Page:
'Avengers: Endgame' Composer on Finding a Poignant Ending for the Journey
It's the endgame for veteran composer Alan Silvestri.
Silvestri has scored Captain America: The First Avenger, The Avengers and Avengers: Infinity War — and ends the current chapter of the Marvel Cinematic Universe with this week's Avengers: Endgame.
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To prepare, the composer spent some time on the Georgia set with the cast and crew.
“I was there witnessing these elaborate action sequences, which were being shot on three separate stages,” Silvestri tells The Hollywood Reporter. “The added challenge was of course that they were working on both films [Infinity War and Endgame] simultaneously.”
The time and effort put in by filmmakers The Russo Bros. was something that inspired Silvestri as he worked on the scores for both films.
“Joe and Anthony [Russo] worked night and day for three years on these films, and their dedication became a driving force for me to deliver a moving and purposeful score," Silvestri says.
In Infinity War, the Avengers went up against Thanos on multiple planets and failed at each attempt. Thanos acquired all the Infinity Stones and enacted his cruel plan to erase half of all living creatures in the universe. In Endgame, the remaining team must try to come back from their failures. For the Russos, Silvestri's music has been a key component of their saga.
“Alan’s one of the greatest composers in the history of the film business,” co-director Anthony Russo says. “His music gets married to the film in the editing process and it’s just unimaginable that the scenes could exist without it.”
Russo adds that fans can expect to hear a number of callbacks in Endgame.
“In terms of preserving themes from the MCU, we wanted to harness Alan’s themes from Captain America as well as his previous Avengers work, specifically Infinity War, which has one particular cue tied to one of the stones," says Russo.
The Russos directed Silvestri toward an operatic score for both films.
“They said to not be afraid of making bold choices,” Silvestri says. “These are big films where life, death and love are all on the line. It needs an aggressive approach musically.”
Recalling the death of Loki, Silvestri depicted the brutal strangling with a powerful string run.
“That is an example of where I just went for it, and I trusted the Russos to tell me if it was too much," says the composer.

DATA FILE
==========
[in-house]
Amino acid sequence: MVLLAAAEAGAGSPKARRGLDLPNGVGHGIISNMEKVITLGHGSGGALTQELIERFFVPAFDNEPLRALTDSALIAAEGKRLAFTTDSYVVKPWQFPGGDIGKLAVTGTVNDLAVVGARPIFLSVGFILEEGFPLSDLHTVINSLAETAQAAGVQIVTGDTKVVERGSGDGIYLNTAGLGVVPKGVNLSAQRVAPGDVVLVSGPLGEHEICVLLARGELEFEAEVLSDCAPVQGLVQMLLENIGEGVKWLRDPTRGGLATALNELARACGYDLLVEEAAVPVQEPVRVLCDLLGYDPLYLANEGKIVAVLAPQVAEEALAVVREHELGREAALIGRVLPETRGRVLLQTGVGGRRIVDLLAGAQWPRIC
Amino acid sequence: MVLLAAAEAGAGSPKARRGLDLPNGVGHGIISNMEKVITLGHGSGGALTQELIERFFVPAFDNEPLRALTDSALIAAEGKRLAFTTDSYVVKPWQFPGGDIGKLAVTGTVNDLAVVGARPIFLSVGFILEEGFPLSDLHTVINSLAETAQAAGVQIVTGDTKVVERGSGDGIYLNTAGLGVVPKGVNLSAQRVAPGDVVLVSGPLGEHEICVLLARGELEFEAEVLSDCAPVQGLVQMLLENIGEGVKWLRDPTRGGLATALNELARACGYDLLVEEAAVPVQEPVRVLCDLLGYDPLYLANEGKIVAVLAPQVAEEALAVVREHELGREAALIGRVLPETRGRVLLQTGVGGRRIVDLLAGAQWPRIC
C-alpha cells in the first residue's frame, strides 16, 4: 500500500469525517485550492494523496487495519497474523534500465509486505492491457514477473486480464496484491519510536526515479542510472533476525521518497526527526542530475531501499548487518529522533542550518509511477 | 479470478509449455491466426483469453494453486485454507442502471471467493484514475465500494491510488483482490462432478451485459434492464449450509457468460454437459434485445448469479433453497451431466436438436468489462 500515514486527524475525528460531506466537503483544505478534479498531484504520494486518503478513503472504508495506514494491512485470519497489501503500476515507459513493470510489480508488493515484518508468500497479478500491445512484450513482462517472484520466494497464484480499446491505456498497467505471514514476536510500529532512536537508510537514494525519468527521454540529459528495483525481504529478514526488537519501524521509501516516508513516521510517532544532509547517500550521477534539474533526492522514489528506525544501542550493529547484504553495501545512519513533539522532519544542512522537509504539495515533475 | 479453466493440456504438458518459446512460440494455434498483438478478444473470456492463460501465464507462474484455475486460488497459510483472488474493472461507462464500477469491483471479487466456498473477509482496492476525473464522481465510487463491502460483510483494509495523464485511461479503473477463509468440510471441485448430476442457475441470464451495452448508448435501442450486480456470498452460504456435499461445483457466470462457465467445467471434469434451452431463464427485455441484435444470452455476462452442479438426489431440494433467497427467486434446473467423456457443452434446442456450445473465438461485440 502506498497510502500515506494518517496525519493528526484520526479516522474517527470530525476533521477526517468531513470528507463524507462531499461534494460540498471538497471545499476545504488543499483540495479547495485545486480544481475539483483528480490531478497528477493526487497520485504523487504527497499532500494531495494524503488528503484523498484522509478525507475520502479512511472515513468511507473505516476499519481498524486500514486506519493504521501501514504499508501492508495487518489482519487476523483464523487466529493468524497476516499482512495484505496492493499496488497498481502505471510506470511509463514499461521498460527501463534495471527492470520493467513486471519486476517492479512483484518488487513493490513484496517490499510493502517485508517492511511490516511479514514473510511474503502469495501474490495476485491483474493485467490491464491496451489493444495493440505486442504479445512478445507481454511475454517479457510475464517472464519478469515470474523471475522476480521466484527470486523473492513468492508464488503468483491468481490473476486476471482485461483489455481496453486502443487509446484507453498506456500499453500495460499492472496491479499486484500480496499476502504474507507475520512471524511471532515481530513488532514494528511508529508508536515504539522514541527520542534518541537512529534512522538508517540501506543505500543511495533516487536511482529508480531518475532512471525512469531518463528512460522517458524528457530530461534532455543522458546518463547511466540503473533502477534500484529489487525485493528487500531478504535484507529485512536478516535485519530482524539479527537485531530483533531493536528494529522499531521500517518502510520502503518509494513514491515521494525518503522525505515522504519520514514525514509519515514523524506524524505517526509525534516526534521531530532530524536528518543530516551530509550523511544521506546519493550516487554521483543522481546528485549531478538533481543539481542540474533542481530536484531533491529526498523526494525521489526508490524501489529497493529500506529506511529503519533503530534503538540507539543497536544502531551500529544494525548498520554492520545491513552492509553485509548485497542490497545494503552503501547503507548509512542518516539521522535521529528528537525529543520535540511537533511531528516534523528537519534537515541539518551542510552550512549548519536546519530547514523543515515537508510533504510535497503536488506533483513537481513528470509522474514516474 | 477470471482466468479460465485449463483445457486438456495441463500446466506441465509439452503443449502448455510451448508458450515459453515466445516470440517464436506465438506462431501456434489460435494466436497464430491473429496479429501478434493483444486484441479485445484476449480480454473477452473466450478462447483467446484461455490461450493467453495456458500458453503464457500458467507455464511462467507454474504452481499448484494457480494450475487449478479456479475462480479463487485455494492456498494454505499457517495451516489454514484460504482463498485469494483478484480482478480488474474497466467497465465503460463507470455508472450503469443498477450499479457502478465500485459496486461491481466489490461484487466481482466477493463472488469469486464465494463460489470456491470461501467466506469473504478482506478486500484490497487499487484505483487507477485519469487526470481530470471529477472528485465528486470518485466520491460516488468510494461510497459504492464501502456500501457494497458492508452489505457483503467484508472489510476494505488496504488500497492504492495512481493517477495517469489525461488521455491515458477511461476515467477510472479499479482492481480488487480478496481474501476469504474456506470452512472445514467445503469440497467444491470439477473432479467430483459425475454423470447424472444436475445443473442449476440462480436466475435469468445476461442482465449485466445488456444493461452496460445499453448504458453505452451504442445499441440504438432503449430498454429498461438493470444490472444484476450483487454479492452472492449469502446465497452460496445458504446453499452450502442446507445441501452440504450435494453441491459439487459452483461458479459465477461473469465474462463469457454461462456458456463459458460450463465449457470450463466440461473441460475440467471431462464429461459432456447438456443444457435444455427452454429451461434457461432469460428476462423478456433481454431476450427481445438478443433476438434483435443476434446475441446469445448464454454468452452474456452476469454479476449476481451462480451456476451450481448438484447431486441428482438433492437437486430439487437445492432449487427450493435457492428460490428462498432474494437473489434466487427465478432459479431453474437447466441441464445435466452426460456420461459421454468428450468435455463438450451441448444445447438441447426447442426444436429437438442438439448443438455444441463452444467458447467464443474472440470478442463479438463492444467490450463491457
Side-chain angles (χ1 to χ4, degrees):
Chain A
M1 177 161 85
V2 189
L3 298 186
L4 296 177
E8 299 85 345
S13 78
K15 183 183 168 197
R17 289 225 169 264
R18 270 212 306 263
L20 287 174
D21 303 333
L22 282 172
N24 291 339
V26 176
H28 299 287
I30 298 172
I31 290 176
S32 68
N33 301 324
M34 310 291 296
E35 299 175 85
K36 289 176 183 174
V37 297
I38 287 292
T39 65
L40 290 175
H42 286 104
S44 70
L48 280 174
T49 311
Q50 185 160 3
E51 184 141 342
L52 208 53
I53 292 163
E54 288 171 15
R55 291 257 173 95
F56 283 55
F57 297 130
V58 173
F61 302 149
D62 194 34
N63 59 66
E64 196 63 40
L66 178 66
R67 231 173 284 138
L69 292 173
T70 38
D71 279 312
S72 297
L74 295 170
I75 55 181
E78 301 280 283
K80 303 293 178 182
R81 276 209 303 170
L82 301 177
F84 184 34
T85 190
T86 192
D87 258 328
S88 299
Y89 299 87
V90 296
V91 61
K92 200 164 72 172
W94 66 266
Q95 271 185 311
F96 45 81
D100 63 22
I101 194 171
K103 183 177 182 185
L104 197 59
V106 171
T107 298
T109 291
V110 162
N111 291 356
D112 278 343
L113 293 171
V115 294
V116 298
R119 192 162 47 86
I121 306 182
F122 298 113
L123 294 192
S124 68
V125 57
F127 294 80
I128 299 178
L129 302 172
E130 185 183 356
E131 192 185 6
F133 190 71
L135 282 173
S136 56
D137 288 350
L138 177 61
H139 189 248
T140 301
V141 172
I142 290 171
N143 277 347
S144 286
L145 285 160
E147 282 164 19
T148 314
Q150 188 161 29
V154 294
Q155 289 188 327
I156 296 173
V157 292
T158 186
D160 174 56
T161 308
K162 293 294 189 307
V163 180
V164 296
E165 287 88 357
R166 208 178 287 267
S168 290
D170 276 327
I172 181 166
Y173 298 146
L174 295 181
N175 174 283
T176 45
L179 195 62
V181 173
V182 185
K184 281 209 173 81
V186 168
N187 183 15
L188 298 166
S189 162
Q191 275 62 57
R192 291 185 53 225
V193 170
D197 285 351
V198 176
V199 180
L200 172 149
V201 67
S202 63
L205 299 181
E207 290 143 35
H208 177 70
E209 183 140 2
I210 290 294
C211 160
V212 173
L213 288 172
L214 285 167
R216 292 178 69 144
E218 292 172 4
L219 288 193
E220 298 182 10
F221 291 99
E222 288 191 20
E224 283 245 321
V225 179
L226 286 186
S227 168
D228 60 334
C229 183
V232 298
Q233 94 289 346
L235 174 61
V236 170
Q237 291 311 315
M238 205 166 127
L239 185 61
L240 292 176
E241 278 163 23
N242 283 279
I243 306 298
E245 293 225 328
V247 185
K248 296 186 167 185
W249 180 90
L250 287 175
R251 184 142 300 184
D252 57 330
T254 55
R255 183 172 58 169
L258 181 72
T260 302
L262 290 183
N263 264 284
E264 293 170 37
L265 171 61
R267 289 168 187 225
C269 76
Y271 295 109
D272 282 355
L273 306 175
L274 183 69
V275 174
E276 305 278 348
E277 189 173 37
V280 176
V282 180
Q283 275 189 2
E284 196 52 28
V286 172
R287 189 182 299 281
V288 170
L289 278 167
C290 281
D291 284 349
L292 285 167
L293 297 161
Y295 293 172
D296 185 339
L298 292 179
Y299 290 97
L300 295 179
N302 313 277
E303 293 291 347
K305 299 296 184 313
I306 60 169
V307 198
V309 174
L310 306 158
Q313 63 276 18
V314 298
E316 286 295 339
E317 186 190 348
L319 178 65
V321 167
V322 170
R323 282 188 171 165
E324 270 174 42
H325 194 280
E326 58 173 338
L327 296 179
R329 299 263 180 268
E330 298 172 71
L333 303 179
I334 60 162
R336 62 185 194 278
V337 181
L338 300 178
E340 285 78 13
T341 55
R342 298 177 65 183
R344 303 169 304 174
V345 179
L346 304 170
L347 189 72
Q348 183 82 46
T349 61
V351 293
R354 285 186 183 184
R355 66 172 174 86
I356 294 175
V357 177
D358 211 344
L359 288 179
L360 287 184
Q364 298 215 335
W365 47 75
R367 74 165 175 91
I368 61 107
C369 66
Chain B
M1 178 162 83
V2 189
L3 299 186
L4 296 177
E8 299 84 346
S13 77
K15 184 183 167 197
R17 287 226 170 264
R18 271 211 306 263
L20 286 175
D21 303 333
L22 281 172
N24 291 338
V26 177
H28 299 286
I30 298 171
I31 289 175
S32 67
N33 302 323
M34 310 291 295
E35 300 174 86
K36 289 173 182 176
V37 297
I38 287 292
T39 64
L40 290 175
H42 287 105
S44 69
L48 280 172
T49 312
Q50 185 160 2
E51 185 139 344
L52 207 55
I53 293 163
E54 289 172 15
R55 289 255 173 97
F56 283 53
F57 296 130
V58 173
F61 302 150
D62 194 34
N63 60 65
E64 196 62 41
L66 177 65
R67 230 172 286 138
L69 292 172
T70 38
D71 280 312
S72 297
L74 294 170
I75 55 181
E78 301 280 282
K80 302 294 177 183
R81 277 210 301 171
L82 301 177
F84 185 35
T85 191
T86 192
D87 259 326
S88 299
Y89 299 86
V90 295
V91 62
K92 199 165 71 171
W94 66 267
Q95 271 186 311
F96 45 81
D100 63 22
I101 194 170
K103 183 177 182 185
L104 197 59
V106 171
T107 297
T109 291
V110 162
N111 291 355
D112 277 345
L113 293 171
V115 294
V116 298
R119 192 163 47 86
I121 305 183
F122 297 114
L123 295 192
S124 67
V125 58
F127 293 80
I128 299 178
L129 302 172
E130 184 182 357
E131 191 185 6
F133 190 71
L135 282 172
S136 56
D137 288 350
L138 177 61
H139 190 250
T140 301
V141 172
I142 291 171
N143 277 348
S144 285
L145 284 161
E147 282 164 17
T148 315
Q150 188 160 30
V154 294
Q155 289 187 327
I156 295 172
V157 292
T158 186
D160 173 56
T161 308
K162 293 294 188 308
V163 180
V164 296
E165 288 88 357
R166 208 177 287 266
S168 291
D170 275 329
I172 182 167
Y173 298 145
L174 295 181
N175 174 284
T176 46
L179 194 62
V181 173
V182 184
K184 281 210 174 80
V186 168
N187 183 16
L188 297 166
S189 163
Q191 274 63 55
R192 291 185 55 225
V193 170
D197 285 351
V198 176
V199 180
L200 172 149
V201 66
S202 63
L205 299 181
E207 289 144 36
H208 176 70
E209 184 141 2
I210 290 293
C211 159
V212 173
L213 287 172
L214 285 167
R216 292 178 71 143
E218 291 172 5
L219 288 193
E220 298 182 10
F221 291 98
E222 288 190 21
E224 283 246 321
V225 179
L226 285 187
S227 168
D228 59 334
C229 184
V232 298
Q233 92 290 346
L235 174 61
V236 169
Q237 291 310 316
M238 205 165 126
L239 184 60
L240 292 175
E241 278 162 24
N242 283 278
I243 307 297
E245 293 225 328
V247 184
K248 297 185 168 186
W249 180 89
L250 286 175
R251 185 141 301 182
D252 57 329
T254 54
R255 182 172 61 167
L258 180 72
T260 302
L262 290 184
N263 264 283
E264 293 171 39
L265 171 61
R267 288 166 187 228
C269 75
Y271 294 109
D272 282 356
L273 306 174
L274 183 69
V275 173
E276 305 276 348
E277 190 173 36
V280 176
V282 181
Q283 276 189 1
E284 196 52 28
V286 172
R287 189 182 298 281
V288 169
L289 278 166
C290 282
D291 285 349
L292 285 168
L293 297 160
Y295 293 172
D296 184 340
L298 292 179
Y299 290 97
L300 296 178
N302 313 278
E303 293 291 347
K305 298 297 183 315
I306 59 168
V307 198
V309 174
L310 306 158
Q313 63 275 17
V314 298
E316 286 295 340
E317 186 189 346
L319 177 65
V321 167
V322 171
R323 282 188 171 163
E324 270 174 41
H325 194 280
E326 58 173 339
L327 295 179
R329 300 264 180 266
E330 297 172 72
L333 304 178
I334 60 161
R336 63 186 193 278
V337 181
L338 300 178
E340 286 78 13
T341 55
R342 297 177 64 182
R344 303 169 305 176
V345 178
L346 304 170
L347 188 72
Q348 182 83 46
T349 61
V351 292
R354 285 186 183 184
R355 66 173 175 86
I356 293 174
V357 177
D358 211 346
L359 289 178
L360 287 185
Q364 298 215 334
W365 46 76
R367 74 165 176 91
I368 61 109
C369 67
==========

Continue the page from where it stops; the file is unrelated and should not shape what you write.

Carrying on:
That scene set the tone for the film, showcasing both the power and cruelty of Thanos.
The Russos consider Infinity War to be Thanos’ film, and the majority of the score was written around the purple Titan. Silvestri assures fans that Thanos’ themes are very present and intact in Endgame.
“He’s still wearing the same cologne, we aren’t going to reinvent any of the antagonists’ cues," he says.
Silvestri wrote several themes around Thanos acquiring the Infinity Stones, one of which will come back for an emotionally charged scene midway through the film. Silvestri hopes that fans of the MCU will cry during the film for a myriad of reasons.
“My hope is that they tear up… these are long-term relationships between the audience and these characters… people have grown up with Iron Man, Captain America and Thor,” Silvestri says. “I hope that tears come during the sad moments, as well as the victorious and heartwarming ones.”
For the Quantum Realm and particularly Ant-Man/Scott Lang’s involvement, Silvestri was able to mix things up with the score.
“Without going into details, those sequences in the film allowed for more of a minimalist, jazz score. This has the most versatile tone in terms of music of any of the Avengers films," says Silvestri.
Silvestri found the change of pace invigorating, after having thunderous percussion and powerful brass propelling the massive battle sequences.
Chris Evans has indicated he would retire the role of Captain America after Endgame (though he later clarified he wasn't being definitive when he sent out a farewell tweet in October.) When asked about Captain America and Evans’ stance on finishing with Endgame, Silvestri offered his feelings on what could be his last time scoring the character.
“It was very enjoyable and poignant, as I’ve been on this journey with him since the beginning," said the composer.
by Kyle Kizu
by Richard Newby
by Graeme McMillan